Methodist Church

BBC puts focus on King James

BBC puts focus on King James

MANCHESTER – Four hundred years later, the King James Bible still has resonance in everyday life.

That is why the anniversary celebration of its publication warrants extensive coverage, says Ms Christine Morgan, a Methodist lay preacher who is Head of Radio for the BBC’s Religion and Ethics Department.

The UK’s major publicly-funded broadcaster has devoted significant broadcast resources and air time to programming about the King James Bible.

The translation “still continues to influence art, literature, religion, music and even laws” in 21st-century Britain, she pointed out. “Most people don’t even realise many of the phrases we continue to use in our everyday life come from the King James Bible.”

Those phrases include familiar idioms such as “the blind leading the blind” (Matthew 15:14), “a fly in the ointment” (Ecclesiastes 10:1), “turned the world upside down” (Acts 17:6), and “no peace for the wicked” (Isaiah 57:21).

This Bible translation was commissioned by King James I in 1611. Work was completed by 47 scholars based in Oxford, Cambridge and London and drew heavily on the work of William Tyndale, who first translated the Bible into English from Hebrew and Greek.

Ms Morgan and her eight-member production team were responsible for a BBC 28-part radio series of 15-minute programmes in which leading British actors read sections of the King James Bible.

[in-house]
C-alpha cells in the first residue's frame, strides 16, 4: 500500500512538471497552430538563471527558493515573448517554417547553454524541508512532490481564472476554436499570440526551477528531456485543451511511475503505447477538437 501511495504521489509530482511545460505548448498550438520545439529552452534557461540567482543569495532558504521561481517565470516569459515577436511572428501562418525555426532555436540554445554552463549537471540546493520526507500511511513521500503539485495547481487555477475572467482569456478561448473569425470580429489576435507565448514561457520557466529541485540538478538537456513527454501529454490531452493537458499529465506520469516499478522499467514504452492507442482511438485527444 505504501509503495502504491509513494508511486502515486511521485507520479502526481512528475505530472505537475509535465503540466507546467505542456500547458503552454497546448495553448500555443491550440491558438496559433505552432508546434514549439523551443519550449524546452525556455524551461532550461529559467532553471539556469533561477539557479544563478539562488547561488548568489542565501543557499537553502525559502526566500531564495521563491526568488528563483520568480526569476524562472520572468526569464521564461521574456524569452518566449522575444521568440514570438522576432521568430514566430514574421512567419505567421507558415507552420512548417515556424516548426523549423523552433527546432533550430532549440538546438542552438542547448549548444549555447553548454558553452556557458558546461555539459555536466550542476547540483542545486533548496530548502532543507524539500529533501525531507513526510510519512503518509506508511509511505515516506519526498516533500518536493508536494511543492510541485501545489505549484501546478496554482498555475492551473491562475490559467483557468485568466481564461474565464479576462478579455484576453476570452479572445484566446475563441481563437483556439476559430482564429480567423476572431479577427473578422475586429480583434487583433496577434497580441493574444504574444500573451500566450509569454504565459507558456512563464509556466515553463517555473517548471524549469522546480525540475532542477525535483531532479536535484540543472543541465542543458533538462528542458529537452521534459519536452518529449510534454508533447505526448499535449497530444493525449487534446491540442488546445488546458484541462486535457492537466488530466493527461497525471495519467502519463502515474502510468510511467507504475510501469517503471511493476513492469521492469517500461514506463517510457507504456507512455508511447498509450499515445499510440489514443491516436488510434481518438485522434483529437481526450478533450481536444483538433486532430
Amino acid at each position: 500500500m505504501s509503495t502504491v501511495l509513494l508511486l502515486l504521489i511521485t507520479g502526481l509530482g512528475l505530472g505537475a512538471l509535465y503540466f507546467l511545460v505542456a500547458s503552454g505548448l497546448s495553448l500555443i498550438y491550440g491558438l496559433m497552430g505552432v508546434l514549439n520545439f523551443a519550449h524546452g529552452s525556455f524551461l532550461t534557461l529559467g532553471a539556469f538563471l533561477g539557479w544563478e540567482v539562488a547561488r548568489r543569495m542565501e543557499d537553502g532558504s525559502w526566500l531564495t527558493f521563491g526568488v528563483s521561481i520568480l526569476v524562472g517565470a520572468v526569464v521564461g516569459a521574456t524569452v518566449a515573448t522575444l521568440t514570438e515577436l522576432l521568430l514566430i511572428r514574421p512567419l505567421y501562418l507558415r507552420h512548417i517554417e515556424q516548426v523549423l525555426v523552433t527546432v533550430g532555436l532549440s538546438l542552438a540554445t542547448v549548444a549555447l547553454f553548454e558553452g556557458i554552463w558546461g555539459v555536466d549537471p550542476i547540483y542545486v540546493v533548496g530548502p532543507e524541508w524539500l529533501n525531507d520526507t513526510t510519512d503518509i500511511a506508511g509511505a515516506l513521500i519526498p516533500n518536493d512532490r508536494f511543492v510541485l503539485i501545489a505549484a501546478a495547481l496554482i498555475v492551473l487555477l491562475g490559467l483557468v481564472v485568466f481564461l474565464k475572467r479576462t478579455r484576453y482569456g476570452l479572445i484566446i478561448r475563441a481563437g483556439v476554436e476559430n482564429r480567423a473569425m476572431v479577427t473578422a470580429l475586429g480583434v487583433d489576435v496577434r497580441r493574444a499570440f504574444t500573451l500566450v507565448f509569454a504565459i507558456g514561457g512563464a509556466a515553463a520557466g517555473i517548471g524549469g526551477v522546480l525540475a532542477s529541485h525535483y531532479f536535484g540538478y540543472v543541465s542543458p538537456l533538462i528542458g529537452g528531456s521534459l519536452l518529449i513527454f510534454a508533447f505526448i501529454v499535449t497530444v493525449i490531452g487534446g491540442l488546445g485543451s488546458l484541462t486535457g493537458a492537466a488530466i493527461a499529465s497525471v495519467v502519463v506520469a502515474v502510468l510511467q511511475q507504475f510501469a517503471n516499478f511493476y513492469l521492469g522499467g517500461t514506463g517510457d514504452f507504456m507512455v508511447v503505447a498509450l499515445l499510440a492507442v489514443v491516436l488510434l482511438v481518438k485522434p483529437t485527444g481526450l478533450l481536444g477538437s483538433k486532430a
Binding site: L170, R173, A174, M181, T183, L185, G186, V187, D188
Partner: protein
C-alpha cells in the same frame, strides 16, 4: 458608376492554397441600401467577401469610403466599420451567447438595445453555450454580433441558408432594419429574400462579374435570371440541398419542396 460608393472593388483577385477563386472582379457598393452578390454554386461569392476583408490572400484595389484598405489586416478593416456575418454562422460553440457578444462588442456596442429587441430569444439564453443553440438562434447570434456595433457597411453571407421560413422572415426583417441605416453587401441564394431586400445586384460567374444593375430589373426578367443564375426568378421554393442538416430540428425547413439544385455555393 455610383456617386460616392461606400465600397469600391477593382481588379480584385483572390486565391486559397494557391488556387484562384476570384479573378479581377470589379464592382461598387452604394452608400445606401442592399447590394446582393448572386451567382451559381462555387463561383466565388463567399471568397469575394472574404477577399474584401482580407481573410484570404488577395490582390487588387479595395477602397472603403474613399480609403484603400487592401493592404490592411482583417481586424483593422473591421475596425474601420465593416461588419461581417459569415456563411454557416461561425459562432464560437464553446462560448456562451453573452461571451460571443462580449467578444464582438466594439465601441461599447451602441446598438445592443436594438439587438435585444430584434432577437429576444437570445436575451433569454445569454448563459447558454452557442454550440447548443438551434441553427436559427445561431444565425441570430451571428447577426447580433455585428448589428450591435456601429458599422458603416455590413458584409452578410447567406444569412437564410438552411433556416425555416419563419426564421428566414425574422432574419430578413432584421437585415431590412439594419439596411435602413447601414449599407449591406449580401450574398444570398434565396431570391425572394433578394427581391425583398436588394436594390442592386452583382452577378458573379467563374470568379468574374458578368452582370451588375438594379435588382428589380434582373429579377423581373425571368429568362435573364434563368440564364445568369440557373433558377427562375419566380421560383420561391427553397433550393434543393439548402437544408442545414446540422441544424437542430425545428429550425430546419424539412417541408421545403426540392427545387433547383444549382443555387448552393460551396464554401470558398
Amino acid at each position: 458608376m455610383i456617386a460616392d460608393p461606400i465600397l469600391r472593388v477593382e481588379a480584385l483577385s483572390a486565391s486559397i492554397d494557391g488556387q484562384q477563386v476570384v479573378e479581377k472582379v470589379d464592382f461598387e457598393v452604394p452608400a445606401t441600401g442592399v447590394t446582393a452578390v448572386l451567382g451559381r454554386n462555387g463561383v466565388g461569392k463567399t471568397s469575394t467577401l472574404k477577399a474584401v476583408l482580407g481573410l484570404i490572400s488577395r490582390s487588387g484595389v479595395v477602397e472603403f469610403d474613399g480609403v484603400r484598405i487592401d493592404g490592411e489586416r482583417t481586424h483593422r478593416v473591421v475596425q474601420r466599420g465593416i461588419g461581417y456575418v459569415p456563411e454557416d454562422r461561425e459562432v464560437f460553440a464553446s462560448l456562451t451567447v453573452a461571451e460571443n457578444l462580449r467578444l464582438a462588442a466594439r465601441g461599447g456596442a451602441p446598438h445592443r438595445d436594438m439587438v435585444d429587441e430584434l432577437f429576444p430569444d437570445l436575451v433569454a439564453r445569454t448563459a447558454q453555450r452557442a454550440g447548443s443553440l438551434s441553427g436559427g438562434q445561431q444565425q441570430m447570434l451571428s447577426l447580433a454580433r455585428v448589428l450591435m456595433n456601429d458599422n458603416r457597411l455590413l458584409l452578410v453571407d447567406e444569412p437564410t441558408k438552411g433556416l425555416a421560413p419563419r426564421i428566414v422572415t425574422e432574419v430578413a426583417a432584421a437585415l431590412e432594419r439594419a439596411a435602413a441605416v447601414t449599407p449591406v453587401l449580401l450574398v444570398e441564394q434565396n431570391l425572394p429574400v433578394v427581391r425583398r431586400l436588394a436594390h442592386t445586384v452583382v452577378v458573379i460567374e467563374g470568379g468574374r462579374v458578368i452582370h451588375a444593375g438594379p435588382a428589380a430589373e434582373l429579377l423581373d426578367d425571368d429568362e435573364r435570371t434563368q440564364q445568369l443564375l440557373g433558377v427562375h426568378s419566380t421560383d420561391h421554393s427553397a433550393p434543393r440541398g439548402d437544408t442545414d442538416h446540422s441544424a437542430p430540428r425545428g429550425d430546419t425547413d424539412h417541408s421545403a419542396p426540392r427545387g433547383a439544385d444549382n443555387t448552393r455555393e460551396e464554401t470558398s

All 28 episodes, comprising some seven hours of broadcast time, were aired throughout the day on Sunday, Jan 9, on the BBC’s top speech radio network, Radio 4. Introductory comments from experts ranging from the Archbishop of Canterbury to Pakistani novelist Kamila Shamsie to historian Simon Schama preceded each episode.

The entire series of King James Bible reading and introductions broadcast on Jan 9 will be available soon as an audio book from AudioGo.

Enormous undertaking

It was an enormous undertaking and a huge gamble, Ms Morgan admitted. “Everyone knows these stories so well and listeners could have said, ‘Oh, that again.’ But they didn’t. In the seven days after the broadcast, there were more than 150,000 demand downloads of the series from the BBC’s website.’’

Ms Morgan thinks she knows why: the King James Bible was written to be read aloud. “When beautiful text is read by talented and skilled people, it draws you in,” she explained.

“We had fantastic feedback from our audience. People who are Christians loved hearing the stories again. On the Radio 4’s Facebook page, people identifying themselves as atheists have said, ‘thank you’, ‘this was so lovely’ and even ‘I’m now prepared to be an agnostic’. It was an absolute privilege to be involved with it,” she said.

Three 45-minute radio documentaries on the history of the King James Bible were also aired in January, hosted by James Naughtie, a well-known journalist.

Producer Rosemary Dawson said one of the surprises came when Kei Miller, a Caribbean poet, described how he continually went back to the translation in his work because language in the Caribbean “is infused” with the influence of the King James Bible.

Several additional TV documentaries on the history and influence of the King James Bible will be broadcast later this year. – United Methodist News Service, with some information provided by the BBC

“The translation “still continues to influence art, literature, religion, music and even laws” in 21st-century Britain. Most people don’t even realise many of the phrases we continue to use in our everyday life come from the King James Bible. Those phrases include familiar idioms such as “the blind leading the blind” (Matthew 15:14) … “turned the world upside down” (Acts 17:6).”

Kathleen LaCamera is a freelance journalist who also works as a hospital and mental health chaplain in Britain’s National Health Service.

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